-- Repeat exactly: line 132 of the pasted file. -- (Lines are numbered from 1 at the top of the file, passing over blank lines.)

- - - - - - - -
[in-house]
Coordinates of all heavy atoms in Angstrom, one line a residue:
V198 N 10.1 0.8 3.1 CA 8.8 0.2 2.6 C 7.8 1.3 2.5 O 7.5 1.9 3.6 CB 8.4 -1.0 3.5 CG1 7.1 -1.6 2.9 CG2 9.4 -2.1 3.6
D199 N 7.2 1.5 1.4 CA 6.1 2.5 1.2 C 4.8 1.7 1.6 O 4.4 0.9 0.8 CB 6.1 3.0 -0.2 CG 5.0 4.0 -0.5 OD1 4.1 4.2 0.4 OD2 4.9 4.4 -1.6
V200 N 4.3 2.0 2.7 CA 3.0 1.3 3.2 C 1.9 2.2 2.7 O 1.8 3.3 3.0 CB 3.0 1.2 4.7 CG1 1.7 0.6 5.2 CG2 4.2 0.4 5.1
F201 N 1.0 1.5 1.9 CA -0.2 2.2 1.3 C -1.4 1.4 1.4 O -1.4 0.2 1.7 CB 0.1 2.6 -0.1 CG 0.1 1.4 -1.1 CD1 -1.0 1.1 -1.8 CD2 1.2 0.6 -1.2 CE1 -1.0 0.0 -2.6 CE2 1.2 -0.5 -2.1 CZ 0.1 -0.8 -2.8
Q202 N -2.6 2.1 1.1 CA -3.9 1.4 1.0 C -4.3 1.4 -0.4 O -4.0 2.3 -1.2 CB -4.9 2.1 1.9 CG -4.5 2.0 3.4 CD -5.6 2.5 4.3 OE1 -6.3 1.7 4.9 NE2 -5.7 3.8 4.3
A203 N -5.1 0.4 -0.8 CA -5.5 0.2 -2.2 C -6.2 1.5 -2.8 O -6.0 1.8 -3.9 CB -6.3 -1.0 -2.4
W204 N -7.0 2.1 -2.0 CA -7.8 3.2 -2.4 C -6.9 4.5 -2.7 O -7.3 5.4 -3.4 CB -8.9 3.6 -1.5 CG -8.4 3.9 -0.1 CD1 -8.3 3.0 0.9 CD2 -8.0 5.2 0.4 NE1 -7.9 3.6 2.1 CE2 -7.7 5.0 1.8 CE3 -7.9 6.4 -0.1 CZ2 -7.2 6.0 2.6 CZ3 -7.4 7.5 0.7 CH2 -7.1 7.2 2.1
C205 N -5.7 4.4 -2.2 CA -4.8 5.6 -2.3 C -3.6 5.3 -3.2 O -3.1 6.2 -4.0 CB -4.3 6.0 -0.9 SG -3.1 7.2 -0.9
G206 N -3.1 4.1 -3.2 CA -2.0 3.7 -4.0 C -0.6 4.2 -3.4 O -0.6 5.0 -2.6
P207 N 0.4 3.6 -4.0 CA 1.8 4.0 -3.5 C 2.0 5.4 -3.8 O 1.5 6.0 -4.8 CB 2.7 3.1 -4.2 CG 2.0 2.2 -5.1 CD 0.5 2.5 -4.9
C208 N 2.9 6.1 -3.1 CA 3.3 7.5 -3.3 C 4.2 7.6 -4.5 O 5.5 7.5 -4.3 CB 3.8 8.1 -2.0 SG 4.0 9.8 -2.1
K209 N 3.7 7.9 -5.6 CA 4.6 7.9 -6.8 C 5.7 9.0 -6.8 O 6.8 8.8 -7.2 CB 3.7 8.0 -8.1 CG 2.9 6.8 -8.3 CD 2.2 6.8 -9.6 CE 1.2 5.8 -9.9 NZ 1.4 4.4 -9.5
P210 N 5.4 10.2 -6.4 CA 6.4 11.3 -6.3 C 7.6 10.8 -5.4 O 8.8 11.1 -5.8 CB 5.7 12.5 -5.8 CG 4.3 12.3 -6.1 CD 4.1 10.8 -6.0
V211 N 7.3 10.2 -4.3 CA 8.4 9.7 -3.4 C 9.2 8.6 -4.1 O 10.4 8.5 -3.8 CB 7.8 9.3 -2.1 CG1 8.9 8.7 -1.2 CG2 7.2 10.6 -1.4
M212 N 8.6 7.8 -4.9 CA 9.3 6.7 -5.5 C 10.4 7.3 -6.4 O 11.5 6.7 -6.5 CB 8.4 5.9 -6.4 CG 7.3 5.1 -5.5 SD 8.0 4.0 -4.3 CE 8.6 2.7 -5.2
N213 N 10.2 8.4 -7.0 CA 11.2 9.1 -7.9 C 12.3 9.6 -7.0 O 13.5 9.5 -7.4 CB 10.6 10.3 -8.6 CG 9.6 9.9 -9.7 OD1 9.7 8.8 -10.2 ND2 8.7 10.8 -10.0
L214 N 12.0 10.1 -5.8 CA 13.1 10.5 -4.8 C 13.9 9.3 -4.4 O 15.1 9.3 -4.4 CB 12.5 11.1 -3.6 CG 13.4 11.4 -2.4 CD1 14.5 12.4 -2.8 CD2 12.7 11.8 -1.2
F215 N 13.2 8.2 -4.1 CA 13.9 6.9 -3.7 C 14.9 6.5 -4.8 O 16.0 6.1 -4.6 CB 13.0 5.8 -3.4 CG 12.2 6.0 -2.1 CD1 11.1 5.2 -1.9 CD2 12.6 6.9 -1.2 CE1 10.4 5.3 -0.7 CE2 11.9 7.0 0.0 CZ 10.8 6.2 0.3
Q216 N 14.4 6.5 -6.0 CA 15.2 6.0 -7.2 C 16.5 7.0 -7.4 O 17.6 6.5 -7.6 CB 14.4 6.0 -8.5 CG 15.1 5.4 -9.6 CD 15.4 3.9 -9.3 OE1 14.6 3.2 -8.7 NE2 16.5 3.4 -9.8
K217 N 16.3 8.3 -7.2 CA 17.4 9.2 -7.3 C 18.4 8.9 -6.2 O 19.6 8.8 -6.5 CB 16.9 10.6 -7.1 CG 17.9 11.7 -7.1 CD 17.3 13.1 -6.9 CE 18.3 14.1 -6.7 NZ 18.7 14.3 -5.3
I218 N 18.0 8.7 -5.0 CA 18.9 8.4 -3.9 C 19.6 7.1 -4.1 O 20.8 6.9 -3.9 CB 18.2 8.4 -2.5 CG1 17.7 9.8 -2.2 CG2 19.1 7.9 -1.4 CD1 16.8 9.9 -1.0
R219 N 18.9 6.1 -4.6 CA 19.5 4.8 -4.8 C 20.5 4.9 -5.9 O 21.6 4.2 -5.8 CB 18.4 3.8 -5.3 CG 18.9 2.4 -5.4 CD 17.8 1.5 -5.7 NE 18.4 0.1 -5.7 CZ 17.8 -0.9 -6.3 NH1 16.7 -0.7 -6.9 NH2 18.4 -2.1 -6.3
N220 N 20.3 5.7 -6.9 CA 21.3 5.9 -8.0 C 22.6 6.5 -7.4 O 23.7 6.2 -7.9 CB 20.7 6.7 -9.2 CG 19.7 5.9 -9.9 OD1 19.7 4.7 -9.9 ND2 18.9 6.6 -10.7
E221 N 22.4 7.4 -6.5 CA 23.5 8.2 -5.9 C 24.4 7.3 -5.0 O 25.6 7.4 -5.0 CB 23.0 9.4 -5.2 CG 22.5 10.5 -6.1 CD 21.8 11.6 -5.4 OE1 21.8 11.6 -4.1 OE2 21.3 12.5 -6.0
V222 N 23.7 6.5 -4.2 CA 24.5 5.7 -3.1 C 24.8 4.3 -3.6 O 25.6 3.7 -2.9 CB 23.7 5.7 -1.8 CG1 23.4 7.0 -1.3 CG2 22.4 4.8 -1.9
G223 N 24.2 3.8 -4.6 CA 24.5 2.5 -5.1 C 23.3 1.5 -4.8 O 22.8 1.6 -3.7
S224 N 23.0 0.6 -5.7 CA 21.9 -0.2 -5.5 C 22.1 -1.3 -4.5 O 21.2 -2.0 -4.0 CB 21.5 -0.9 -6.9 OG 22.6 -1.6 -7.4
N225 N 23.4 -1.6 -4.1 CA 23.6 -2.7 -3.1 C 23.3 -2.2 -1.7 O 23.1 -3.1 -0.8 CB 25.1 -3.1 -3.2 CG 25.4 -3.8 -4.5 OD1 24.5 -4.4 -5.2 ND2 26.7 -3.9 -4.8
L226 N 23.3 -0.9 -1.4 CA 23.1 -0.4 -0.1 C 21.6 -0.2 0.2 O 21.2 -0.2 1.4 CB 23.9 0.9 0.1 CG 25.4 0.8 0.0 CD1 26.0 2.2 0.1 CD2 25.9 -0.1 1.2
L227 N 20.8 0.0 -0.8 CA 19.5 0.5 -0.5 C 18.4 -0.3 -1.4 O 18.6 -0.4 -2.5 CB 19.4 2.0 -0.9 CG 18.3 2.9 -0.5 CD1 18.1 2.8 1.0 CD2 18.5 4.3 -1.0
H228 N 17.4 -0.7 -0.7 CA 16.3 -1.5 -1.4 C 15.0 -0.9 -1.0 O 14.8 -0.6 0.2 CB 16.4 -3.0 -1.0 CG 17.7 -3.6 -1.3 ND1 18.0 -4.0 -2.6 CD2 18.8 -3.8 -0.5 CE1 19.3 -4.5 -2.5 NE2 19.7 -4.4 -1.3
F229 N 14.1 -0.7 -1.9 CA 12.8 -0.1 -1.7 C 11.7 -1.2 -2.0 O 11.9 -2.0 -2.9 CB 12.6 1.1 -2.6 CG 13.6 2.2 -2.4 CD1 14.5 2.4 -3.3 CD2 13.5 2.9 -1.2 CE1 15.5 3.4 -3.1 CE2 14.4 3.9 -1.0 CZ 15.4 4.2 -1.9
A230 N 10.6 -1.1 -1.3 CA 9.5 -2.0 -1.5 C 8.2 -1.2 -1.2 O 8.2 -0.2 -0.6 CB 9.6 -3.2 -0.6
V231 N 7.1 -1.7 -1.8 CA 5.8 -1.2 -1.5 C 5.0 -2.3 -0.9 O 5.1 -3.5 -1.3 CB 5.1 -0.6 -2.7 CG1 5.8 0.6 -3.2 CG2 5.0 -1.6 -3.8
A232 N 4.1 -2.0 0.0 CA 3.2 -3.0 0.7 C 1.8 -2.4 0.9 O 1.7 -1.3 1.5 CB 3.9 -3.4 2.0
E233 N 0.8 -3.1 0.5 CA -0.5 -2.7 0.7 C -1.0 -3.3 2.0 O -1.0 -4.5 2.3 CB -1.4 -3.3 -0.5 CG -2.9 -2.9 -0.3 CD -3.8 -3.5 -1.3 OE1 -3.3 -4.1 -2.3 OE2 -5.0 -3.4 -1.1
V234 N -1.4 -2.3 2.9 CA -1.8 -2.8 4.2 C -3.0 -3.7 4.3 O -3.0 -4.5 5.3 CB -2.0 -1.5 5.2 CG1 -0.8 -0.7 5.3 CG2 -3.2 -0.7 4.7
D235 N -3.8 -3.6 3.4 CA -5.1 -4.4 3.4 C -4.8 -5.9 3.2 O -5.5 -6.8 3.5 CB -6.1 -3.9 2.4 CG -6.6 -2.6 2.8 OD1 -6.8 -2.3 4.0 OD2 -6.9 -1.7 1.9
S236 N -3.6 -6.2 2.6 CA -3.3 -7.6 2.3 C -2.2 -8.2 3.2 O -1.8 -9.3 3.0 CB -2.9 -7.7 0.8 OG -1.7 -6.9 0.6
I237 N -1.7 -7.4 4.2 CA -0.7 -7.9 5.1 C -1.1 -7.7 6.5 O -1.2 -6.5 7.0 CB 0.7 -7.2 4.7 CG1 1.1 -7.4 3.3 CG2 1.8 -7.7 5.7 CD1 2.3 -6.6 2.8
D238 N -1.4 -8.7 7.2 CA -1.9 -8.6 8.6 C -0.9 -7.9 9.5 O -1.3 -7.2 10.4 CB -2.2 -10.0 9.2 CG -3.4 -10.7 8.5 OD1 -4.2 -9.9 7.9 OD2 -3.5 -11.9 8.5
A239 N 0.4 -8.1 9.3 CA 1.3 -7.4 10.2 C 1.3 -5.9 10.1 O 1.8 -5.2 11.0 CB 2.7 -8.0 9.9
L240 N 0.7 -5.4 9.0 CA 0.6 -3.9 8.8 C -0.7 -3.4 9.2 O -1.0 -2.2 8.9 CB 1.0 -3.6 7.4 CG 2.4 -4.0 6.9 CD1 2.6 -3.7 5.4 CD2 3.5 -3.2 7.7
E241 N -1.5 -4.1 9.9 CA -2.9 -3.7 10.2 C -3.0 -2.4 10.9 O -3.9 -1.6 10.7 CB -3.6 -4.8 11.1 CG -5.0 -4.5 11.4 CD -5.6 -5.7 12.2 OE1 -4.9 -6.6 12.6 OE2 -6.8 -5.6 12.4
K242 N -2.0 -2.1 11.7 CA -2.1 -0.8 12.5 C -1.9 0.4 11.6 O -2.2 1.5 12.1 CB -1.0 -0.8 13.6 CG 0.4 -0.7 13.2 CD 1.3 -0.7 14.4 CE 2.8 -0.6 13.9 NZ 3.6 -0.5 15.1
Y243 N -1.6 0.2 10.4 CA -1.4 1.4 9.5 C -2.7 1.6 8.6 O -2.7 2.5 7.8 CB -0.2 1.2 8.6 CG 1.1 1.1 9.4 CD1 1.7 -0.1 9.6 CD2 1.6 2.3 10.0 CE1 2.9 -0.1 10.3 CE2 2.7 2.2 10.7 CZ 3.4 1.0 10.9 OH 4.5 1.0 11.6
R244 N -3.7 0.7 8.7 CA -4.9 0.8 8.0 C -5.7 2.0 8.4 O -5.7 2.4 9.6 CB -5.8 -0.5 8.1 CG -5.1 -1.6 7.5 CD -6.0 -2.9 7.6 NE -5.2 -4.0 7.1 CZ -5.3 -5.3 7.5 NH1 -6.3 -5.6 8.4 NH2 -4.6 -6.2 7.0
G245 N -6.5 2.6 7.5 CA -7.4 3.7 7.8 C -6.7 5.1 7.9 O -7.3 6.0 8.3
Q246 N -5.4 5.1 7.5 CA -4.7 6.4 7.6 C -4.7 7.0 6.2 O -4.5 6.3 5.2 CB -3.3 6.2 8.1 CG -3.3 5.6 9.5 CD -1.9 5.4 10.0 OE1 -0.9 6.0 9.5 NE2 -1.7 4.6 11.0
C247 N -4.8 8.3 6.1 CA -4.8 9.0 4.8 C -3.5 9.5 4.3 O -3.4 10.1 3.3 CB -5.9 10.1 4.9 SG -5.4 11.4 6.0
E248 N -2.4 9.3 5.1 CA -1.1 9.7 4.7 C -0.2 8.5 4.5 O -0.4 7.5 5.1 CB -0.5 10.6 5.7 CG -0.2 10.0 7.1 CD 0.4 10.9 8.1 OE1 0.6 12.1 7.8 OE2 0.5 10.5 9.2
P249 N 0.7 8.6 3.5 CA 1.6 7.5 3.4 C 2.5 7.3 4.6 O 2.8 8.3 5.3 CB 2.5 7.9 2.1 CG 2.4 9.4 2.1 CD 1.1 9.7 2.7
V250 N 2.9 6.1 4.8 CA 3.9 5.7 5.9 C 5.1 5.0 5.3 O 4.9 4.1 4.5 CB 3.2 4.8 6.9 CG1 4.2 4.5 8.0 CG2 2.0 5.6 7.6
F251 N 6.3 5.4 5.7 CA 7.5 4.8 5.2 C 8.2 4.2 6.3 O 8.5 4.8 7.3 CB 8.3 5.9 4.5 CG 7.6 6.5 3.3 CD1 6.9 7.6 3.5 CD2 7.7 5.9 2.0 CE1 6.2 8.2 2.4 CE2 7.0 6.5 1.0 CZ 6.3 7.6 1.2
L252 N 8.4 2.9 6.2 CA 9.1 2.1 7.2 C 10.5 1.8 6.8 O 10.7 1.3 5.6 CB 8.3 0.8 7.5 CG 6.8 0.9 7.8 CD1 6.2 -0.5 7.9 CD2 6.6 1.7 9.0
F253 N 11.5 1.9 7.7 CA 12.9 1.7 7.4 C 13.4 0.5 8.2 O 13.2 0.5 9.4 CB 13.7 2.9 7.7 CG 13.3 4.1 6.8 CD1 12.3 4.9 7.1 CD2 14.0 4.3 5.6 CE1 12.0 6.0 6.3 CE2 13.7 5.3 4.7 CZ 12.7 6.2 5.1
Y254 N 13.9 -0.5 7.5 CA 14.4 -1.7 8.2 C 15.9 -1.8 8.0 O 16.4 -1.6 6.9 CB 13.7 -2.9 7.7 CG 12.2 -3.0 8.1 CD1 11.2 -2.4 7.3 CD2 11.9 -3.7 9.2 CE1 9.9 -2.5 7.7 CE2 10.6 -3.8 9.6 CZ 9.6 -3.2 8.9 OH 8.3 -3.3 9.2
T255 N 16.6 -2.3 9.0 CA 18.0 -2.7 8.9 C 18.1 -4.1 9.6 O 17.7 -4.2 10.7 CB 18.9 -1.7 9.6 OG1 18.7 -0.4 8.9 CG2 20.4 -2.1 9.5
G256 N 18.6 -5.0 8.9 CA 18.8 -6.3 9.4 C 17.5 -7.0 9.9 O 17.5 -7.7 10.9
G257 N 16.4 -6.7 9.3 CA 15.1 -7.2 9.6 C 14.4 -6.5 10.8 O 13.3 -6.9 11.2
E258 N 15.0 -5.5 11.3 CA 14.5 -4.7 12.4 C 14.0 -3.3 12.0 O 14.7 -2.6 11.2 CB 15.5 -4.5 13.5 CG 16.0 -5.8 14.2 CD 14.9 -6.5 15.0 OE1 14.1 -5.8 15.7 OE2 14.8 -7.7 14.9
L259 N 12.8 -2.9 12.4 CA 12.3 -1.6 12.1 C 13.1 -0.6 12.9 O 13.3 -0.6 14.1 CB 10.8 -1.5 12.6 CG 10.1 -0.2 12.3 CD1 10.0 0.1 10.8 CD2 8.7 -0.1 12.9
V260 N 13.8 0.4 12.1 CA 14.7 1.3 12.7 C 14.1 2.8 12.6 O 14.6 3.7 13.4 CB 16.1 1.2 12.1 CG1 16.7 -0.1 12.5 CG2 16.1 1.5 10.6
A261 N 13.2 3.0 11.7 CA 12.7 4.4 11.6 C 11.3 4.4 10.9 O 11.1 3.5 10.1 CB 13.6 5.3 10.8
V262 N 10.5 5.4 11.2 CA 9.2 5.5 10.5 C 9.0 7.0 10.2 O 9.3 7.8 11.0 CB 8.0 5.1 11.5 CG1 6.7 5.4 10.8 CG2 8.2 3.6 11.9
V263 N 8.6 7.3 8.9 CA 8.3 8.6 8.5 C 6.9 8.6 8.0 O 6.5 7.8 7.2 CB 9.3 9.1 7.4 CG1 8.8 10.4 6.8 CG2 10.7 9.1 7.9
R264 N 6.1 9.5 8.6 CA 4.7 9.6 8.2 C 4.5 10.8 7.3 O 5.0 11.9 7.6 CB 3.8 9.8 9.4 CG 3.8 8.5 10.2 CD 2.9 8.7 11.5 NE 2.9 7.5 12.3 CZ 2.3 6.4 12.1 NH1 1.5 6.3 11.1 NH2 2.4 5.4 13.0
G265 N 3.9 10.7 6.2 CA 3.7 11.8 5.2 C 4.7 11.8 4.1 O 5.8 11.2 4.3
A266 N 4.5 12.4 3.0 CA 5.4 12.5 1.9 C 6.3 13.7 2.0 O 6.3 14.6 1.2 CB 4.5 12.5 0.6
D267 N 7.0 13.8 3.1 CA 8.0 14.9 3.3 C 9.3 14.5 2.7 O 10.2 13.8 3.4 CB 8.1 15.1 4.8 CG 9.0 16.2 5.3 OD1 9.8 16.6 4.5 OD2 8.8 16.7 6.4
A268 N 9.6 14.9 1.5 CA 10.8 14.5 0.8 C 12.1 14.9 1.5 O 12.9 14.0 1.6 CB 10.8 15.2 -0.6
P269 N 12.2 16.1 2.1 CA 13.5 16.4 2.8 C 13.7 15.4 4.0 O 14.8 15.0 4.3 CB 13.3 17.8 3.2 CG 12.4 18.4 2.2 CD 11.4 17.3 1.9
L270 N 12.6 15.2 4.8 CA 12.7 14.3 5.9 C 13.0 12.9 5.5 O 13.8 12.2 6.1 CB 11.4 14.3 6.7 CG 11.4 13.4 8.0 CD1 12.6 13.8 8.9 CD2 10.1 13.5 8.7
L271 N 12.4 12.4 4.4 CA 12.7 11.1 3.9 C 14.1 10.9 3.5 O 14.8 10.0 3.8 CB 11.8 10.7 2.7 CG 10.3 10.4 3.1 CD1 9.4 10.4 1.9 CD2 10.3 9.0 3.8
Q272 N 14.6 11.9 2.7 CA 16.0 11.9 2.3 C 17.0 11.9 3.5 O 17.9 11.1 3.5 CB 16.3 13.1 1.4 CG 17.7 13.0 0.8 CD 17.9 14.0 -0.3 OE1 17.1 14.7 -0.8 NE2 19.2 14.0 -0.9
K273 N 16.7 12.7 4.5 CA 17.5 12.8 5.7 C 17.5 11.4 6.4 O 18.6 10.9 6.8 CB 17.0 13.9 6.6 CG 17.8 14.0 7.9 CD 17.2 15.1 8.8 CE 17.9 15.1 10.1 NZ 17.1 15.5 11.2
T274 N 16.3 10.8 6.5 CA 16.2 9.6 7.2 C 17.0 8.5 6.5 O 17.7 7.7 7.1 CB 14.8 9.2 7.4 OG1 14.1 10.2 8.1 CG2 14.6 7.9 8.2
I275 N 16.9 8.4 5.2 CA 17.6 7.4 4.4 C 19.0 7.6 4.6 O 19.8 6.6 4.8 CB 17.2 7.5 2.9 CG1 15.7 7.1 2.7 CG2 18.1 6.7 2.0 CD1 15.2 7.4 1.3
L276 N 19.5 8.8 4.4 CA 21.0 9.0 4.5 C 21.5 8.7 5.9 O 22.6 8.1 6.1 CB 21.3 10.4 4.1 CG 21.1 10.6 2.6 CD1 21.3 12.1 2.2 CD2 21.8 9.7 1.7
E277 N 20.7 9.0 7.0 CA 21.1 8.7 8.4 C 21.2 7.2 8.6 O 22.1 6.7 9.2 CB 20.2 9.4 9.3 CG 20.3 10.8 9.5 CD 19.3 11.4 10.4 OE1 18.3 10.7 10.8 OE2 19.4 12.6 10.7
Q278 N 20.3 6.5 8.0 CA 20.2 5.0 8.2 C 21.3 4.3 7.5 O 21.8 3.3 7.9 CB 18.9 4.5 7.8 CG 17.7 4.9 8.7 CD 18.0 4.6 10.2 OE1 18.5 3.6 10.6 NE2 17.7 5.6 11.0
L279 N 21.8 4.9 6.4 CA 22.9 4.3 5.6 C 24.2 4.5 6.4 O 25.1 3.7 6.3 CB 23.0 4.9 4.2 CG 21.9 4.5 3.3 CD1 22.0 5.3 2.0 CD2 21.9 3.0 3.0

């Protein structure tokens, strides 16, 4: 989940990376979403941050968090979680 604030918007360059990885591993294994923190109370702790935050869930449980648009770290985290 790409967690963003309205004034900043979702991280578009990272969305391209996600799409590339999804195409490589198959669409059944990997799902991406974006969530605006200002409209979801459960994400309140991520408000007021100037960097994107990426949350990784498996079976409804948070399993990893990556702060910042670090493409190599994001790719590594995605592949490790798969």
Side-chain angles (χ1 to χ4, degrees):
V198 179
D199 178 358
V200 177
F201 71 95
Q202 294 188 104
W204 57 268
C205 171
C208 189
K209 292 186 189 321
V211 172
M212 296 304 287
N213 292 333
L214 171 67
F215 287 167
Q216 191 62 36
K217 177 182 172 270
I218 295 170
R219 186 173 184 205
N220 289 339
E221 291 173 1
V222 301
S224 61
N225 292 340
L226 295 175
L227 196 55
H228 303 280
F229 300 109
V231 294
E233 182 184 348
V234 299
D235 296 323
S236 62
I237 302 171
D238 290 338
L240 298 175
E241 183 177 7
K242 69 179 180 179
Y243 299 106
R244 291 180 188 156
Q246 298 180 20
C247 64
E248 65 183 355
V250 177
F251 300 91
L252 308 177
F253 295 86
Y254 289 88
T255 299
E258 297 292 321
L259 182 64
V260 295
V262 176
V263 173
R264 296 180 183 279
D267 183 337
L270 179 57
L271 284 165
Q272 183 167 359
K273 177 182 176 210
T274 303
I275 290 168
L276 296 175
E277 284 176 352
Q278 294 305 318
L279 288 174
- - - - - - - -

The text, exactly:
F253 295 86